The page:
An Old Rhyming Recipe To Make Ink


The following is a quaint mnemonic of a recipe for making ink which first appeared in John de Beauchesne’s Writing Book, 1602, and quoted in David Nunes Carvalho, Forty Centuries of Ink, 1904:

To make common Ink, of Wine take a quart,
Two ounces of Gumme, let that be a part;
Five ounces of Galls, of Cop’res take three,
Long standing doth make it the better to be;
If Wine ye do want, raine water is best,
And then as much stuffe as above at the least,
If the Ink be too thick, put Vinegar in,
For water doth make the colour more dimme.

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15 thoughts on “An Old Rhyming Recipe To Make Ink

    1. Black ink has the strongest contrast against paper so that’s why it’s the preferred choice for writing. Traditionally, black is the only acceptable ink color in formal writing and publishing. Blue is for informal writing. Red is used for emphasizing something such as editing marks and urgent messages. I’m not certain if other colors were used but I’m sure that there were some oddballs who used different colored inks.

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      1. That makes sense. I favor black ink myself, with the occasional red to make certain notes stand out. I think my sister would have been one of the oddballs. She favors the unconventional and colorful. Thanks for the info!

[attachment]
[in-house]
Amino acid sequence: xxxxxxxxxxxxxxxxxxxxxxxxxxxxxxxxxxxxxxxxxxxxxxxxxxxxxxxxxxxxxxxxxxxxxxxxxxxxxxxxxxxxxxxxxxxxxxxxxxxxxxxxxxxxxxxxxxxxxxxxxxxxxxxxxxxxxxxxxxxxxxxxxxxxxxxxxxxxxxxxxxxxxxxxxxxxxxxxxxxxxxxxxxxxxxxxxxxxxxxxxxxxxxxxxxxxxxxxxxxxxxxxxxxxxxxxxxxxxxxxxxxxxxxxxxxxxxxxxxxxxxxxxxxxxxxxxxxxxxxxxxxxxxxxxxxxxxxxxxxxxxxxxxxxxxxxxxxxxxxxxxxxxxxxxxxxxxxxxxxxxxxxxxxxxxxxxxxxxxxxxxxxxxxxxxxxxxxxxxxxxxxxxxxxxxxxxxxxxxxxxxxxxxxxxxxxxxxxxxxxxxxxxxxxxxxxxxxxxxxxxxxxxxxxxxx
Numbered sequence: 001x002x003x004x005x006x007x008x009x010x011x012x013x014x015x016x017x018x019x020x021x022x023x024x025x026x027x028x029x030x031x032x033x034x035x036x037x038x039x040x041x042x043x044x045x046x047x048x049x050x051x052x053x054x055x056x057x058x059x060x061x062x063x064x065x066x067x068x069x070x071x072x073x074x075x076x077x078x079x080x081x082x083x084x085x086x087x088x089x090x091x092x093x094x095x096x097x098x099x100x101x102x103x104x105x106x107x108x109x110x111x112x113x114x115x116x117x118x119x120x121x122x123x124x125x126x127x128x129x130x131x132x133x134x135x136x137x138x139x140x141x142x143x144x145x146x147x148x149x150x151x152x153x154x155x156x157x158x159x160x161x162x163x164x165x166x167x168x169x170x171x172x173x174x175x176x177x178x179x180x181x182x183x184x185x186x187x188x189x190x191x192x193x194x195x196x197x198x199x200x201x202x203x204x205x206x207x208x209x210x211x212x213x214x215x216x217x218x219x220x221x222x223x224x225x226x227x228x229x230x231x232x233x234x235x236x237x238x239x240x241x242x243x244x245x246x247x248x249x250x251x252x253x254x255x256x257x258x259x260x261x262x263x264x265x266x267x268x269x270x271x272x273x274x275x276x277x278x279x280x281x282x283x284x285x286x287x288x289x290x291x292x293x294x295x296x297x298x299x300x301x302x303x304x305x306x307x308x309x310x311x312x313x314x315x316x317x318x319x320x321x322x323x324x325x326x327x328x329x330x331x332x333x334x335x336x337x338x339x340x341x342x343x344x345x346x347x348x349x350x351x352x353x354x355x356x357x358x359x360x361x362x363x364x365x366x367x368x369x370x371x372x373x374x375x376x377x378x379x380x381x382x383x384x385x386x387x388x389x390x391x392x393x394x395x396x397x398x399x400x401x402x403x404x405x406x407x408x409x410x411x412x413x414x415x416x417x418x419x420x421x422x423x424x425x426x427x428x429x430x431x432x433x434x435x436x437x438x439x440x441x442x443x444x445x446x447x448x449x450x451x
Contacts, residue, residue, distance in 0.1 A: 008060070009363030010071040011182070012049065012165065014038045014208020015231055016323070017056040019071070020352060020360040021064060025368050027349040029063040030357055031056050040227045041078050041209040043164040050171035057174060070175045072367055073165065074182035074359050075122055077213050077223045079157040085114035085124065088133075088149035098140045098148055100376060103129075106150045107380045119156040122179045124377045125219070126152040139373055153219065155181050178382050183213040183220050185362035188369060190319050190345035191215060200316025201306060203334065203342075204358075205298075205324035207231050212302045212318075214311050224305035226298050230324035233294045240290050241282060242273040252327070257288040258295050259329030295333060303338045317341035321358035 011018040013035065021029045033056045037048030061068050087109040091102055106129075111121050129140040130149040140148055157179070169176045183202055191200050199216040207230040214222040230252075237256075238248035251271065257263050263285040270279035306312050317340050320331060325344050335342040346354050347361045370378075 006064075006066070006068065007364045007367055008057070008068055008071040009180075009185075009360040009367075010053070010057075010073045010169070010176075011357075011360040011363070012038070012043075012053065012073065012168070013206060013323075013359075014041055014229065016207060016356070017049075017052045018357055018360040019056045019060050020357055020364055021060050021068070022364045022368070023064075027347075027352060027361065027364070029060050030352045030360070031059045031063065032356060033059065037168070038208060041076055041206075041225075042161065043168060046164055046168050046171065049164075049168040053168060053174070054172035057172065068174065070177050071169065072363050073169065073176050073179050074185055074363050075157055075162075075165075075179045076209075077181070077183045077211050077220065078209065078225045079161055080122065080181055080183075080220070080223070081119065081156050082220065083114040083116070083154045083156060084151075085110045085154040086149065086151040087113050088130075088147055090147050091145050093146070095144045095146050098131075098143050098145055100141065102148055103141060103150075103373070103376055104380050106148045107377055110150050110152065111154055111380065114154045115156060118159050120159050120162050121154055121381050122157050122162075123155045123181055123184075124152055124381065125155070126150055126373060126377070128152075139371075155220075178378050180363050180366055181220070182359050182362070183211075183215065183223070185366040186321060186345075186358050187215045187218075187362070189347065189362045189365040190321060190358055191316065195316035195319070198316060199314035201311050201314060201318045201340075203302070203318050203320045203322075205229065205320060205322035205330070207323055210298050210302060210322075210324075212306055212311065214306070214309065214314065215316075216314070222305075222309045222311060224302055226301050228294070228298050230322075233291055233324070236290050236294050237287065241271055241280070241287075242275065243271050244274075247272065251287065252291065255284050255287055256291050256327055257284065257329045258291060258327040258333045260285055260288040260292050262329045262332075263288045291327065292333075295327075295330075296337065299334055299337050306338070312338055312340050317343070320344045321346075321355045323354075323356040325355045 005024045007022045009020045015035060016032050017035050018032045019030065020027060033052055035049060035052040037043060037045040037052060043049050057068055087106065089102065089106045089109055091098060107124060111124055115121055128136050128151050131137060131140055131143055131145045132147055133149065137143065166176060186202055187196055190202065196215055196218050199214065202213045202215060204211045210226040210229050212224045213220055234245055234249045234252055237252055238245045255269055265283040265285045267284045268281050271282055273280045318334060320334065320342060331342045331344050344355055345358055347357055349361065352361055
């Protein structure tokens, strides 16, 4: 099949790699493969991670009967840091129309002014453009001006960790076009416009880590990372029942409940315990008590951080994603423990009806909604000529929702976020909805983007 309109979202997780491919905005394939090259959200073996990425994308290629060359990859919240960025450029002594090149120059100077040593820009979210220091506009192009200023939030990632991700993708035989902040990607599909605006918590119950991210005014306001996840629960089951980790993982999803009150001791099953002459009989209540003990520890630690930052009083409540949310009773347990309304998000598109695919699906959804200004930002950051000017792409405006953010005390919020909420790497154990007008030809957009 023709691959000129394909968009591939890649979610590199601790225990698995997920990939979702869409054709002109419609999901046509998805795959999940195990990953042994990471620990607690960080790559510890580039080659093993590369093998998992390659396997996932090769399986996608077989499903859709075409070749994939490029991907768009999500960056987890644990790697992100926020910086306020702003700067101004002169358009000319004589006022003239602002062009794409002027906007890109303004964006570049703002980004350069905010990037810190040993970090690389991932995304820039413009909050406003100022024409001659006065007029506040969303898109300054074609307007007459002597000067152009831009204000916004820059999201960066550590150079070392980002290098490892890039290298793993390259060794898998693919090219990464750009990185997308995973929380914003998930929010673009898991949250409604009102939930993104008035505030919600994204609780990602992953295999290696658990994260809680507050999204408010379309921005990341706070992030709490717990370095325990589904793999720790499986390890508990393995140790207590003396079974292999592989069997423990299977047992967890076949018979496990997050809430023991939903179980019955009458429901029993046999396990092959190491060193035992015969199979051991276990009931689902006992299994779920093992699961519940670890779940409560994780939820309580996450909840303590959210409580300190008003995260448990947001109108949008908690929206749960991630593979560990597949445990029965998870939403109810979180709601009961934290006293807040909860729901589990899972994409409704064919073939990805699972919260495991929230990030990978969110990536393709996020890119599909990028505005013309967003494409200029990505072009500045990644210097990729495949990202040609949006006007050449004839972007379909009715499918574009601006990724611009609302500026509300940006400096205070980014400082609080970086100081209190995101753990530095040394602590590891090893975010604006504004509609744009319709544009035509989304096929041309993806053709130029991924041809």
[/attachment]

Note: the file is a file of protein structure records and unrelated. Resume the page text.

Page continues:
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    1. Cop’res must be copperas or ferrous sulphate while gall is either Allepo gall (gall harvested from Allepo oak leaves) or iron gall (made from tannic acid and iron salts). I’m not sure which though since I don’t have access to the original book though both were used for making ink.

      Anyway, Shakespeare had a line about galls in his Twelth Night III, 2:

      “Go write it in a martial hand; be curst and brief;
      it is no matter how witty, so it be eloquent, and
      full of invention; taunt him with the license of
      ink; if thou thou’st him thrice, it shall nor be
      amiss; and as many lies as will lie on a sheet of
      paper, although the sheet were big enough for
      the bed of Ware in England, set ’em down; go,
      about it. Let there be gall enough in thy ink,
      though thou write with a goose pen, no matter:
      about it.

      The gall here also methaporically means poison.

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